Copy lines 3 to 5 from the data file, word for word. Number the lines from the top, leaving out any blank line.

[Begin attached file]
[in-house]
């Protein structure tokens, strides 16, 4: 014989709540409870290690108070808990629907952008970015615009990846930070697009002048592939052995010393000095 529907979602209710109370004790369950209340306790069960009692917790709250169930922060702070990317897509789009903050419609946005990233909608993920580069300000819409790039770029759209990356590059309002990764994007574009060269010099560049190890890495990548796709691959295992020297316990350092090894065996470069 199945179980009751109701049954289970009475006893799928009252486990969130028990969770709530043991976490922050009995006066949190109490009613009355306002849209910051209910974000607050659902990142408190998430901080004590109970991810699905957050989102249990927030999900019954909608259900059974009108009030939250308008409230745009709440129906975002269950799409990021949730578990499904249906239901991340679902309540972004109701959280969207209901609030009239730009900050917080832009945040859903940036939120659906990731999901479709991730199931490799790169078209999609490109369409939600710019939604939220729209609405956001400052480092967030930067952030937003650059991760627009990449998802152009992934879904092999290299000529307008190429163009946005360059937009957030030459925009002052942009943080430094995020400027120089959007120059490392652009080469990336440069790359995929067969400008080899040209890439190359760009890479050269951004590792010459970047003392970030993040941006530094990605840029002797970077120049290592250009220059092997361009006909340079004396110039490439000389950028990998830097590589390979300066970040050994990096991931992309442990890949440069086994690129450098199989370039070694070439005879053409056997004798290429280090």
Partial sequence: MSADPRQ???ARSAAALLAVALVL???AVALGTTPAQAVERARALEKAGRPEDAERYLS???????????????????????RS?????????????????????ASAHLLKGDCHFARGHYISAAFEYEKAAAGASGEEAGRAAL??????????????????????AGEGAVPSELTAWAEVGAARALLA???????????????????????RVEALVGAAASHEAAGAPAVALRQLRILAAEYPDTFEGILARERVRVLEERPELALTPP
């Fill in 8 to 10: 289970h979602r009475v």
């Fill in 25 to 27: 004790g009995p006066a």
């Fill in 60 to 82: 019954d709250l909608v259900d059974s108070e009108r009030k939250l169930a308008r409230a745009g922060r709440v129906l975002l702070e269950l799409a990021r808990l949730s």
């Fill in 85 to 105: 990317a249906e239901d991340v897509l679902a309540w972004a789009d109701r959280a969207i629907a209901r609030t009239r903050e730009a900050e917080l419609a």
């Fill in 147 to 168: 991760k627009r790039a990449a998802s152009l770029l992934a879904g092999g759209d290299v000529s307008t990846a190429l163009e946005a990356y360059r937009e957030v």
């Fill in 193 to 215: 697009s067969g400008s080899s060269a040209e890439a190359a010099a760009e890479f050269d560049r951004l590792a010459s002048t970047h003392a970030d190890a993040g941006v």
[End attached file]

Partial sequence: MSADPRQ???ARSAAALLAVALVL???AVALGTTPAQAVERARALEKAGRPEDAERYLS???????????????????????RS?????????????????????ASAHLLKGDCHFARGHYISAAFEYEKAAAGASGEEAGRAAL??????????????????????AGEGAVPSELTAWAEVGAARALLA???????????????????????RVEALVGAAASHEAAGAPAVALRQLRILAAEYPDTFEGILARERVRVLEERPELALTPP
């Fill in 8 to 10: 289970h979602r009475v």
């Fill in 25 to 27: 004790g009995p006066a």